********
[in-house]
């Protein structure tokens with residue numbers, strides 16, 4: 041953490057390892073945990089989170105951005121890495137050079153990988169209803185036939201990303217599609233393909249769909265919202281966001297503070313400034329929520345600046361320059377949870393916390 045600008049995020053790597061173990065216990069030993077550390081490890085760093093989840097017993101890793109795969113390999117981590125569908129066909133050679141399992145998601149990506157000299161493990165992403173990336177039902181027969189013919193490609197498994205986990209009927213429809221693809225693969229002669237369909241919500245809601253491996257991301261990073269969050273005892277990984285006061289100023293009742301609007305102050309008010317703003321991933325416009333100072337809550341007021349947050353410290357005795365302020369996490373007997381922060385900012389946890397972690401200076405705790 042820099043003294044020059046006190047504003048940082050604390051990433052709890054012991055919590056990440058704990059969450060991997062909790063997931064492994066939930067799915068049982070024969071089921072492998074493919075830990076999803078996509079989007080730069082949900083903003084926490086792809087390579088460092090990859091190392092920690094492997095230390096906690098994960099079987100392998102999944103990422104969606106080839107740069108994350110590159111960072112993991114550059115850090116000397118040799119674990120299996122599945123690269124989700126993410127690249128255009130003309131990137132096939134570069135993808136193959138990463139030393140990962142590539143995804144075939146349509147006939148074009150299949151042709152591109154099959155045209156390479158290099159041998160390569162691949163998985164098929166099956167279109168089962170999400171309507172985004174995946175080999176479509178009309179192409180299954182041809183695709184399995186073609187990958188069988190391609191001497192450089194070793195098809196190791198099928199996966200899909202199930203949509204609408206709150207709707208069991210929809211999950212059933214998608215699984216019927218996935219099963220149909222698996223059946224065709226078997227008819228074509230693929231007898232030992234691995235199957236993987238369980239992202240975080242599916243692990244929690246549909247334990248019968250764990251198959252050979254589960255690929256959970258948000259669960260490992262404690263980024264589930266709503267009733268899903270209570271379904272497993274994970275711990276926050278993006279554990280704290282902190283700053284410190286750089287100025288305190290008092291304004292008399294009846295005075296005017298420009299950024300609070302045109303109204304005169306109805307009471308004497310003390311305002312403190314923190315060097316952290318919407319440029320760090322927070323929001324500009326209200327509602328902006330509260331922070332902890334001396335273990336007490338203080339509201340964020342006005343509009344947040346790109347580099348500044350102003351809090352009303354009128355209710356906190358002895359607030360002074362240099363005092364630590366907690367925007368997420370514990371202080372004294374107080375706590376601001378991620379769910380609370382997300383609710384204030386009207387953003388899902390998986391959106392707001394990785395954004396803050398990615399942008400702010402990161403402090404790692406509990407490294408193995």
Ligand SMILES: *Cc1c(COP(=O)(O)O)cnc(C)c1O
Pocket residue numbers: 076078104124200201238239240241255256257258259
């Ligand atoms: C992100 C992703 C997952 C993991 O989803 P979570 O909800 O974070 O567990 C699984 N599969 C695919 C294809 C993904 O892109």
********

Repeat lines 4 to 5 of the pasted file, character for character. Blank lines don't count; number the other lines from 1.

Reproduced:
Pocket residue numbers: 076078104124200201238239240241255256257258259
């Ligand atoms: C992100 C992703 C997952 C993991 O989803 P979570 O909800 O974070 O567990 C699984 N599969 C695919 C294809 C993904 O892109």